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Ultrafast X-ray Diffraction of Transient Molecular Structures in Solution

Science  19 Aug 2005:
Vol. 309, Issue 5738, pp. 1223-1227
DOI: 10.1126/science.1114782

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Abstract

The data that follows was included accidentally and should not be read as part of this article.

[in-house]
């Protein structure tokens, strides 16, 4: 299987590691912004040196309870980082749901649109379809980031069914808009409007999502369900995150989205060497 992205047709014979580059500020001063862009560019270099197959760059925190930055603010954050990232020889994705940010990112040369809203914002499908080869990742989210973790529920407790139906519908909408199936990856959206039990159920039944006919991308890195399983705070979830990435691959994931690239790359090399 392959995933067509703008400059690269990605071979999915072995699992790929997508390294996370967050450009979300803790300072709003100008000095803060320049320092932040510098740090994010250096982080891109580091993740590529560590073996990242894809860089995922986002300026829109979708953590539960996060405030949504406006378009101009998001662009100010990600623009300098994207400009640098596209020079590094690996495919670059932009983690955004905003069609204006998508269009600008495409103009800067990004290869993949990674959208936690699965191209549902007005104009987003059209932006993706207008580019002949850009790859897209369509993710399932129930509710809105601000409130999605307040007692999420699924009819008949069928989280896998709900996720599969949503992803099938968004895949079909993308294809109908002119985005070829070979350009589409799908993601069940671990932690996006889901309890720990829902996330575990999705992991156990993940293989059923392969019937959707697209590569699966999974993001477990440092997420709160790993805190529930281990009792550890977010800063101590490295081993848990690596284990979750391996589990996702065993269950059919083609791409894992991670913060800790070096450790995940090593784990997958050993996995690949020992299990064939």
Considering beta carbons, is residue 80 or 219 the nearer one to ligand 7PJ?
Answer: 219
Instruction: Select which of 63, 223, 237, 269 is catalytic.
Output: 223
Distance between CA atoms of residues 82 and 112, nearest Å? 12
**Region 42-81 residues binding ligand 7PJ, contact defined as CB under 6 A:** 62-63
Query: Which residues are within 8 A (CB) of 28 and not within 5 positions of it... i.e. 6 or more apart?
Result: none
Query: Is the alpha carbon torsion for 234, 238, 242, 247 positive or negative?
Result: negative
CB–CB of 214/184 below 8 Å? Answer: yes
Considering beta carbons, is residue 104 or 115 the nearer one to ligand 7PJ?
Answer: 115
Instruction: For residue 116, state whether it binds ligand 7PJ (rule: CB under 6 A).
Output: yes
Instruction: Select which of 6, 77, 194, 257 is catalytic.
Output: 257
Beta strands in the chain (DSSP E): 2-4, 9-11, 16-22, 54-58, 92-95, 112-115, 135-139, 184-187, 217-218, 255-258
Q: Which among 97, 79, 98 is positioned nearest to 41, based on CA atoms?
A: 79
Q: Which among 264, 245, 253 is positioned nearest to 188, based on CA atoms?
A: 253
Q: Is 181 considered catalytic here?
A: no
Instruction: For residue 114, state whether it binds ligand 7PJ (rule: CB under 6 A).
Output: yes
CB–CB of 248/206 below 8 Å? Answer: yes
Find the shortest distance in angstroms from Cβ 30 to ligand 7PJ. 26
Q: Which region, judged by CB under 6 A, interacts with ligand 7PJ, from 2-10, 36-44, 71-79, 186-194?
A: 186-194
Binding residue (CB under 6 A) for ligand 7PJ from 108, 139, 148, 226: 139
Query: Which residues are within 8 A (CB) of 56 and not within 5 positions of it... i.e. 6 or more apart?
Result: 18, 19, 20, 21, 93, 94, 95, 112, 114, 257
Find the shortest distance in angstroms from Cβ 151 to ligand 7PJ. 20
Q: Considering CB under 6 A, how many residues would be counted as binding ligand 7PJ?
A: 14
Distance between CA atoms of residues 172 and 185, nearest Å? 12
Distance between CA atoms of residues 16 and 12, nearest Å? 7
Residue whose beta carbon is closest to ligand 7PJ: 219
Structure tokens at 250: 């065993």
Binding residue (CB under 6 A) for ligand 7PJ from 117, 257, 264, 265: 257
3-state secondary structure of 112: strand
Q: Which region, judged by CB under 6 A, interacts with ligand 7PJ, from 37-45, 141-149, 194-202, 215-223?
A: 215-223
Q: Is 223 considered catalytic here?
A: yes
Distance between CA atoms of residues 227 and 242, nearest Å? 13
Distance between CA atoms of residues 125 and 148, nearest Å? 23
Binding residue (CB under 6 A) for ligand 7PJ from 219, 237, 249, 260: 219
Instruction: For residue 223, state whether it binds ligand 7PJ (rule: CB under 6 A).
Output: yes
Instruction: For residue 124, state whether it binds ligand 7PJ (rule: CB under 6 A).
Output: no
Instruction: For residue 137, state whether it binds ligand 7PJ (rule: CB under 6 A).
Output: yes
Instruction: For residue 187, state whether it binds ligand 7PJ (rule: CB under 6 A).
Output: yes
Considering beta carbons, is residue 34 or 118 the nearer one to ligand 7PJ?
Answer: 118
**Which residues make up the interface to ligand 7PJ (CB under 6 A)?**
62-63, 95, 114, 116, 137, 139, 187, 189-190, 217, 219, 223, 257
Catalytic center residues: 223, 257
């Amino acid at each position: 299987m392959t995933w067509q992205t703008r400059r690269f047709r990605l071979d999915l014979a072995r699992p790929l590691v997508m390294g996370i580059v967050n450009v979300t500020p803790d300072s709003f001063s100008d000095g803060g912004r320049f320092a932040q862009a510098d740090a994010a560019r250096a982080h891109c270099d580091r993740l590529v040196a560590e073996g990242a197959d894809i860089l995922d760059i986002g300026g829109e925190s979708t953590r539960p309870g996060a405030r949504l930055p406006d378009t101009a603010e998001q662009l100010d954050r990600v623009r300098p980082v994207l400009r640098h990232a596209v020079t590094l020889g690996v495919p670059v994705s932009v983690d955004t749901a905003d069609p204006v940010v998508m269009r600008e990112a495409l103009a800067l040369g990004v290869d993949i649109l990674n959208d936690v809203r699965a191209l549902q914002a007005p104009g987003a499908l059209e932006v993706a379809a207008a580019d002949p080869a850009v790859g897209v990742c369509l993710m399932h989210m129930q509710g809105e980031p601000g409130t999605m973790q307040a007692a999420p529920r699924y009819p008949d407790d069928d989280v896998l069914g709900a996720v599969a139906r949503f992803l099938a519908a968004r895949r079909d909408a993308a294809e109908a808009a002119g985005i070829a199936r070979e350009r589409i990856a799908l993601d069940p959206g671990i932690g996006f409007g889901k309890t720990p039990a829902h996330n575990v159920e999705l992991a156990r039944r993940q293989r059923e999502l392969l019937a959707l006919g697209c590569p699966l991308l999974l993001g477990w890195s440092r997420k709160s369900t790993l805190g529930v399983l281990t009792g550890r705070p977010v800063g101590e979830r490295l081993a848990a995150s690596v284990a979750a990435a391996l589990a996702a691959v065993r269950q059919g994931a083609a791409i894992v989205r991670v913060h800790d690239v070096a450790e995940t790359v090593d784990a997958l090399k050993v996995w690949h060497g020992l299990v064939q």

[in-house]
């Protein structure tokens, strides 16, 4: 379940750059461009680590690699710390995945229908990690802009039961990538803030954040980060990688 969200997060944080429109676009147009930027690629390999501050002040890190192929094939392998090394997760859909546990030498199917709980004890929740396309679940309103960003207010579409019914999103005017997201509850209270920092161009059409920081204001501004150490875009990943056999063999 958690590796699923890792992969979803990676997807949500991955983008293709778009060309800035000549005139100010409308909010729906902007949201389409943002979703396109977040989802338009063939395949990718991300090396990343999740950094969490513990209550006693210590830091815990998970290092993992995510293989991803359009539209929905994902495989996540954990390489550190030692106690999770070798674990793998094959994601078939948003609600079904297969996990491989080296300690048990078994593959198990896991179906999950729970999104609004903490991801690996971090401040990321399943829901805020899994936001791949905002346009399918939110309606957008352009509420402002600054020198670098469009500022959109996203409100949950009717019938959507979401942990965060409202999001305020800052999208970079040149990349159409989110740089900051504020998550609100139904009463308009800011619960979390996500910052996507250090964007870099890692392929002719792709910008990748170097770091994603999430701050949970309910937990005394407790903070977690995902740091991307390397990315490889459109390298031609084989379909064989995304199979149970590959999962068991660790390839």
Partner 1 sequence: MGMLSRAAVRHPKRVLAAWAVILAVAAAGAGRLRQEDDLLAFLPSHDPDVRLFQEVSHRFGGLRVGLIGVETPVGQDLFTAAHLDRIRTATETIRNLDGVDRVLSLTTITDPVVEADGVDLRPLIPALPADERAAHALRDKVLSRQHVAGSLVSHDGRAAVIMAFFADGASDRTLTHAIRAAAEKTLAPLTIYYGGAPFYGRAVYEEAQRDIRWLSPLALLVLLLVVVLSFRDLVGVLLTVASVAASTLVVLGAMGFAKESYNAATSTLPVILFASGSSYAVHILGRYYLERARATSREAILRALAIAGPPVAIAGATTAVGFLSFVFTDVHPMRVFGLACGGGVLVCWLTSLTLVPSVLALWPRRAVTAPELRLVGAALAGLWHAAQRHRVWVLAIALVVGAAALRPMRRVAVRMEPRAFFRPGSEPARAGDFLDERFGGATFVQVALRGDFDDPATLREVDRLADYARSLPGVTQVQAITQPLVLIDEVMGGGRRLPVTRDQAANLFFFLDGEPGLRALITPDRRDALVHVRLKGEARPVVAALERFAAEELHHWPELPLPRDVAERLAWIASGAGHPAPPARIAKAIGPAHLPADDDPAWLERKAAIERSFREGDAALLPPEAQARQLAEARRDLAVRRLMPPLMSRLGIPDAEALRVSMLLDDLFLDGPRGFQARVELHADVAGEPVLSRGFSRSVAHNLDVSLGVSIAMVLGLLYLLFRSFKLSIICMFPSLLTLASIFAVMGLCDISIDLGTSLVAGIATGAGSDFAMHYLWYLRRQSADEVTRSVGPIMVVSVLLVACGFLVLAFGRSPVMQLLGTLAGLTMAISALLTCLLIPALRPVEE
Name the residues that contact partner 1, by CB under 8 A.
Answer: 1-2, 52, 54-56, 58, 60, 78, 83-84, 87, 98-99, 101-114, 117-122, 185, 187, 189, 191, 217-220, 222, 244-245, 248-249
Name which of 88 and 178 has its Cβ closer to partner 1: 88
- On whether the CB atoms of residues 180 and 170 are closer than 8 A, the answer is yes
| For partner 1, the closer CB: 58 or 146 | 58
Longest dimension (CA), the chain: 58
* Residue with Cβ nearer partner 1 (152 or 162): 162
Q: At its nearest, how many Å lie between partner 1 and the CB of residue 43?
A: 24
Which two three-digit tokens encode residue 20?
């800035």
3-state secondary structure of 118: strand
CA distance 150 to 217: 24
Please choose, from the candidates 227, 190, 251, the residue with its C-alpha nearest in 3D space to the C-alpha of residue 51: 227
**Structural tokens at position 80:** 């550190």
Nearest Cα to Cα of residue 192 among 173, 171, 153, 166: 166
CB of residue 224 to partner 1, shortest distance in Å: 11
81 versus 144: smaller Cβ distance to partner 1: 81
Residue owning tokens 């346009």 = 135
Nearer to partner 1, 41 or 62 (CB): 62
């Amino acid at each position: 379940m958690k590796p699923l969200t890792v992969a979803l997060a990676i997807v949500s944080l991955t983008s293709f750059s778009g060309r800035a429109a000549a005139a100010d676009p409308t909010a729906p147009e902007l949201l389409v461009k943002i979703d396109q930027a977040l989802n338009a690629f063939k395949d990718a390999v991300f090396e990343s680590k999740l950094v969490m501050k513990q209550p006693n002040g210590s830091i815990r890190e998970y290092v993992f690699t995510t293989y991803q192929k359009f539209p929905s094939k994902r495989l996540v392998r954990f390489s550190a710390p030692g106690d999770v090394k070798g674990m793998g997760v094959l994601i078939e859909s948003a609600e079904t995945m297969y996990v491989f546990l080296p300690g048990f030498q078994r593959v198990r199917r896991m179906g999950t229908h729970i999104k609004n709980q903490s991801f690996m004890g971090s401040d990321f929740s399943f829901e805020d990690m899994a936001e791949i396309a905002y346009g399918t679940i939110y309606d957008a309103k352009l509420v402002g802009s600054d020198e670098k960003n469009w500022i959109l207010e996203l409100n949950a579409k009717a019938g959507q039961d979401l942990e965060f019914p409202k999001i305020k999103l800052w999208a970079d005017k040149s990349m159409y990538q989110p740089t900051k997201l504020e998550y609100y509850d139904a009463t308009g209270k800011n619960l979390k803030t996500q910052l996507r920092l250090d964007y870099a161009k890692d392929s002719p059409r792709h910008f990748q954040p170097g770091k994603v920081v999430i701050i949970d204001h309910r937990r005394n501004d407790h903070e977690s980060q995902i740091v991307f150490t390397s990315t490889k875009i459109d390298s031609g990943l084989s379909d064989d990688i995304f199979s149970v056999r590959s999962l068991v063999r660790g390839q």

We report direct structural evidence of the bridged radical (CH2ICH2·) in a polar solution, obtained using time-resolved liquid-phase x-ray diffraction. This transient intermediate has long been hypothesized to explain stereo-chemical control in many association and/or dissociation reactions involving haloalkanes. Ultrashort optical pulses were used to dissociate an iodine atom from the haloethane molecule (C2H4I2) dissolved in methanol, and the diffraction of picosecond x-ray pulses from a synchrotron supports the following structural dynamics, with ∼0.01 angstrom spatial resolution and ∼100 picosecond time resolution: The loss of one iodine atom from C2H4I2 leads to the C-I-C triangular geometry of CH2ICH2·. This transient C2H4I then binds to an iodine atom to form a new species, the C2H4I-I isomer, which eventually decays into C2H4 + I2. Solvent dynamics were also extracted from the data, revealing a change in the solvent cage geometry, heating, and thermal expansion.

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